A collection of ancient cave paintings were reportedly discovered by a local neighbour, historic researcher Agustín Palomo, in western Spain, near the town of Albuquerque, in the rocky area of San Juan, when he was hunting for an ancient tomb known as a Dolmen. Palomo has been studying and researching this type of cave drawing for many years.
The newly found schematic paintings, which are around 10 centimetres (4 inches) in length, depict various figures and symbols. They include anthropomorphic figures and arrows as well as other symbols, according to La Vanguardia newspaper.
The historic researcher immediately recognized how important his findings were as the drawings were located not far from two other works of cave art - the well-known paintings of the "Risco de San Blas", of the Sierra de la Carava and those of Azagala, the latter of which was discovered around 20 years ago, making the place highly important for scholars and researchers.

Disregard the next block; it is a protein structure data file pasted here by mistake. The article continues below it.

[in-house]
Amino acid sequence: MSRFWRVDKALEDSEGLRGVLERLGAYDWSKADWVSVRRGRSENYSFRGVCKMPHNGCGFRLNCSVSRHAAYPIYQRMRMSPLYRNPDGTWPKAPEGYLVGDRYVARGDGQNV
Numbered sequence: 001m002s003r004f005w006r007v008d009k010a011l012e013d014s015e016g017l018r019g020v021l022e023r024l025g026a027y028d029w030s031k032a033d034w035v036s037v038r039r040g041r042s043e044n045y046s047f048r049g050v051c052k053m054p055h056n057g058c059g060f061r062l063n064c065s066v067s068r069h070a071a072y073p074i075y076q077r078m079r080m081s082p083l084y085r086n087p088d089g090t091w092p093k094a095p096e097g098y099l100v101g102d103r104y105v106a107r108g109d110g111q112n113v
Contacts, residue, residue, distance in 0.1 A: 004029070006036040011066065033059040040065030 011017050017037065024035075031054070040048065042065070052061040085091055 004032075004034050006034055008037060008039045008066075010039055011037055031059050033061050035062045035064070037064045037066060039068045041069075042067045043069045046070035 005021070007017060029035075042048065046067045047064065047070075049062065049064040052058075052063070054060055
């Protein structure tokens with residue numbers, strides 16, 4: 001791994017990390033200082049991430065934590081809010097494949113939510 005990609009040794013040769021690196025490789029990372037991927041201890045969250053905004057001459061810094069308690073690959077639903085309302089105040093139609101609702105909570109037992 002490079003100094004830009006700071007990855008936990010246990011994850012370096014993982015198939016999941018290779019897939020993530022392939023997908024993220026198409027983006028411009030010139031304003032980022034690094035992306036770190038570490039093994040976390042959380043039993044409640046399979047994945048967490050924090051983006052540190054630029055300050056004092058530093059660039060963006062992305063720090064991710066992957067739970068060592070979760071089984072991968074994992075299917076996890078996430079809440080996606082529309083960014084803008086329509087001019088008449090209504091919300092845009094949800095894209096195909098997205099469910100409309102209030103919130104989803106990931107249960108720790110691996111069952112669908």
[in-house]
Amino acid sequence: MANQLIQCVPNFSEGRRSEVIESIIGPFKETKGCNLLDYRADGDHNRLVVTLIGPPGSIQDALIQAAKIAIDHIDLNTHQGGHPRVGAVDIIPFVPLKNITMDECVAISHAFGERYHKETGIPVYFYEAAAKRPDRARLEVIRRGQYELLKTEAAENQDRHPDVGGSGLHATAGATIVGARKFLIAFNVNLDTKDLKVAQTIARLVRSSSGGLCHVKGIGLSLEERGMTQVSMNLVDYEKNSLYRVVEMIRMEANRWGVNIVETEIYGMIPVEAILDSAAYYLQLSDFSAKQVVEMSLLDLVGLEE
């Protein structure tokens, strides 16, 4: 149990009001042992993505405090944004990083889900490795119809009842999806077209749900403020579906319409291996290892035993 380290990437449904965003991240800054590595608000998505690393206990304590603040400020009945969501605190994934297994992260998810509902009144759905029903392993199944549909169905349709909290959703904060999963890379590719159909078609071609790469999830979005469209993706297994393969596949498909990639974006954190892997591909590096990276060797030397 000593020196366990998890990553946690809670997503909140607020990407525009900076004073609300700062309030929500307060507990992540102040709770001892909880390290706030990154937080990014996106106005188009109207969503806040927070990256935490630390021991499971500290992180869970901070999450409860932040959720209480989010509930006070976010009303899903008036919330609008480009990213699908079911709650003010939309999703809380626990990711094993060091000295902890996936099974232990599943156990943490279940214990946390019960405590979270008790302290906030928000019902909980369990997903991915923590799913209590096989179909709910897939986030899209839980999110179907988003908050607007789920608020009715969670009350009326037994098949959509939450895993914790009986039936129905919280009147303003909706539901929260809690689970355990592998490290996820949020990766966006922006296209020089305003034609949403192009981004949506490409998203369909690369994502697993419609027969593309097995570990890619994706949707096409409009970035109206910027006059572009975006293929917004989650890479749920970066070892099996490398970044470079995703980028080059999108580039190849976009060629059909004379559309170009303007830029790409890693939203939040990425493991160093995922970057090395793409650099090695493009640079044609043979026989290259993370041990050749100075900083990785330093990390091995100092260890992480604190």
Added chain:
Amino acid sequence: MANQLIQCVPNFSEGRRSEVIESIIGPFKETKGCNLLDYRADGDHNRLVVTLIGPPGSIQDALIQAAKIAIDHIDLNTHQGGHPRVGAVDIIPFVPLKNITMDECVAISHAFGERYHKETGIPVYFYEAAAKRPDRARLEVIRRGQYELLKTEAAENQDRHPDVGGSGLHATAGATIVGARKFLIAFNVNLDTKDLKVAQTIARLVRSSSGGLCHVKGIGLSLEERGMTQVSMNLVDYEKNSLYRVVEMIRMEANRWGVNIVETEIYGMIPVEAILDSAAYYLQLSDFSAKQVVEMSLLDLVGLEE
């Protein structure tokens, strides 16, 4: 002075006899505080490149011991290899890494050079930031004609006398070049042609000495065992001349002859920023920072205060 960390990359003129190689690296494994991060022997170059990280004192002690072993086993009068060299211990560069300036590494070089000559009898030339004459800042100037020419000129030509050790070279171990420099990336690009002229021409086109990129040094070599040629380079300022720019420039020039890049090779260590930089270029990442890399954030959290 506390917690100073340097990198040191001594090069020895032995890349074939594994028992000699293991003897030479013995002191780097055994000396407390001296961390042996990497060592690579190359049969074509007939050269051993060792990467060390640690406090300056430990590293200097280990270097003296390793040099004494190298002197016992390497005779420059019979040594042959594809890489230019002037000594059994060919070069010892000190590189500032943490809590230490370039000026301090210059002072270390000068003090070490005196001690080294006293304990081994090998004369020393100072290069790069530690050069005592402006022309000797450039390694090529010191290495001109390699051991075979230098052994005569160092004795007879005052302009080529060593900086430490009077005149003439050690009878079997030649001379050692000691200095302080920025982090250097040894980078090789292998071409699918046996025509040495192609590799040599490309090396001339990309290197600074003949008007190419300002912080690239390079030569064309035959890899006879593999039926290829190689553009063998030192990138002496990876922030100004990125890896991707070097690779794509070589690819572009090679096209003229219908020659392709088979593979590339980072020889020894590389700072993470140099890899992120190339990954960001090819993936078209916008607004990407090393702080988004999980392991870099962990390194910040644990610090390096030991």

During the year, Mr Palomo as well as the other experts have been analysing the unique findings and only now has the discovery become known after the conclusion of their investigations.
These studies will be published in the latest issue of the Journal of Extremeño Studies, which will be presented on Sunday, December 1, at the Casa de la Cultura de Albuquerque.
Last year, researchers from the University of Bergen found an abstract drawing in a cave in South Africa. The discovery predates the artifacts previously believed to be the world's oldest drawing by thousands of years.